“You who’d stayed in my beggar soul…” – K. Pavlova

Russian Golden Age and Romantic poetry translation series, 9/?

I introduced Karolina Pavlova to this series a few days ago, telling about the harassment she faced as a woman writing poetry in Russia in the nineteenth century. She finally left Russia and settled in Derpt — what is now Tartu in modern-day Estonia. This poem expresses her feelings, powerful but mixed, once she settled in her new city and felt free to write poetry again.

***
Salut, salut, consolatrice!
Ouvre tes bras, je viens chanter.
—Musset

You who’d stayed in my beggar soul,
Hail to thee now, my poor rhyme!
My bright ray over ash and coals
Left from my sweet and joyful time!
The one that even the desecration
Of all shrines could not ravage through.
My curse! My riches! My vocation!
The sacred work I’m called to do —

Awake, arise, o word unspoken!
Sound once again from my sealed lips!
Descend down to your chosen token
Again, my fateful tragic bliss!
Still with your hand the mad complaining
And doom again my heart entire
To boundless suffering and pain, and
To endless love, endless desire!

Karolina Pavlova, February 1854, Tartu (Estonia); Translation by Tamara Vardomskaya, October 2016

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“Don’t go with dull tread…” – K. Pavlova

Russian Golden Age and Romantic poetry translations, 3/?

I learned of the existence of Karolina Pavlova (1807-1893; nee Janisch) only four days ago, and immediately realized that there had been a gap in my life before. As a home-schooled child, she already knew four languages and helped her father, a professor of physics and chemistry, with astronomical observations — yet her husband squandered her inheritance and, after her marriage broke down, he was found with many banned books and scandalously exiled, to her shame. Her poetry was highly respected by A. K. Tolstoy, and Goethe approved her translations of his poetry when he saw it. But other contemporaries mocked and harassed a woman writing poetry so much that she was forced to leave the country, finally settling in Dresden and rarely visiting Russia.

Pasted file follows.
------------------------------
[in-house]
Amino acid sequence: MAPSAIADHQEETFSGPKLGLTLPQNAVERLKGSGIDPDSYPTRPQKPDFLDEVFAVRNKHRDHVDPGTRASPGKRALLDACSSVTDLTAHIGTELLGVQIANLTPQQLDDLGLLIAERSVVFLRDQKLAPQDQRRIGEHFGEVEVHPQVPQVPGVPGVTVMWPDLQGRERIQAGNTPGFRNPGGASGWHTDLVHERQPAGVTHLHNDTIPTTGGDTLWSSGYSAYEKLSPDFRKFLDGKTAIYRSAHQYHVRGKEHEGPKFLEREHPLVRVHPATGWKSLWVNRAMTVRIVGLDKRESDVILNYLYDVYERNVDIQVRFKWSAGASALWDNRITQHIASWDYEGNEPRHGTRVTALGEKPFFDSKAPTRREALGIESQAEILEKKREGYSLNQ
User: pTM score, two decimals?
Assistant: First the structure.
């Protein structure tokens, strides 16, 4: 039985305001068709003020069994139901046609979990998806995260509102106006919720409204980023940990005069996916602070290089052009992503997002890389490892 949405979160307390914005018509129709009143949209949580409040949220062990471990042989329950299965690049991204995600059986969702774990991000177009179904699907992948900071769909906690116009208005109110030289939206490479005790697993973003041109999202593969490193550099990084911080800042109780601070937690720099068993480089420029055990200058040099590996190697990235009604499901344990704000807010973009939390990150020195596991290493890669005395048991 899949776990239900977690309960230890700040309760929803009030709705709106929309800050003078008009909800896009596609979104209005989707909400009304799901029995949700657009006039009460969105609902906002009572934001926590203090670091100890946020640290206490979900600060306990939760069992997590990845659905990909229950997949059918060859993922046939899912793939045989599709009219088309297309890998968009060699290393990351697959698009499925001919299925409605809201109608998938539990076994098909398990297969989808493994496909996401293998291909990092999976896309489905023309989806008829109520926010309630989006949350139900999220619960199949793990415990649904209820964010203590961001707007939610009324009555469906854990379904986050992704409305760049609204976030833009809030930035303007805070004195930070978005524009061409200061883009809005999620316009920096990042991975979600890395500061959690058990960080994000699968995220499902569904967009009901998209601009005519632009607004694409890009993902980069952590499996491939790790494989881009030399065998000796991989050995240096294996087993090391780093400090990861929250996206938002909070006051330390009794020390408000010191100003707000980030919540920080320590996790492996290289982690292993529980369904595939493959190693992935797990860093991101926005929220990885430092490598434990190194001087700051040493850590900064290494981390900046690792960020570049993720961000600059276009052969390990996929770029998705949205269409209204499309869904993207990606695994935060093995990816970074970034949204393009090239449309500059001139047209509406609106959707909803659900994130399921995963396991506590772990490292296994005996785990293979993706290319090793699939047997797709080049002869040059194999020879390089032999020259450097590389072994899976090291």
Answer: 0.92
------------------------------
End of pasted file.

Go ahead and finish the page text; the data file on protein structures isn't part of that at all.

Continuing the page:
It was Valery Bryusov (who has appeared in the Silver Age series) who drew attention to Pavlova’s works again and republished her poetry, so for a while her work influenced Silver Age Symbolism. However, she remains shamefully understudied. Even Wikisource has only a few of her poems entered, with many more as merely links under construction.

This poem caught my eye with its edged bite. For those who, like me, need to know the rhythm of a poem and may get disoriented without establishing it first, the way a musician may get disoriented not knowing where the tonic is — this is in iambic trimeter.

***

Don’t come with dull tread here
To that grave of fate’s resting
In which all life’s storm testing
Has silent now laid.

I’ll spurn your fruitless tears,
Your hymns and flower posies.
What use two tears, two roses
Now for a fleshless shade?

Karolina Pavlova, March 1851;
translation by Tamara Vardomskaya, October 2016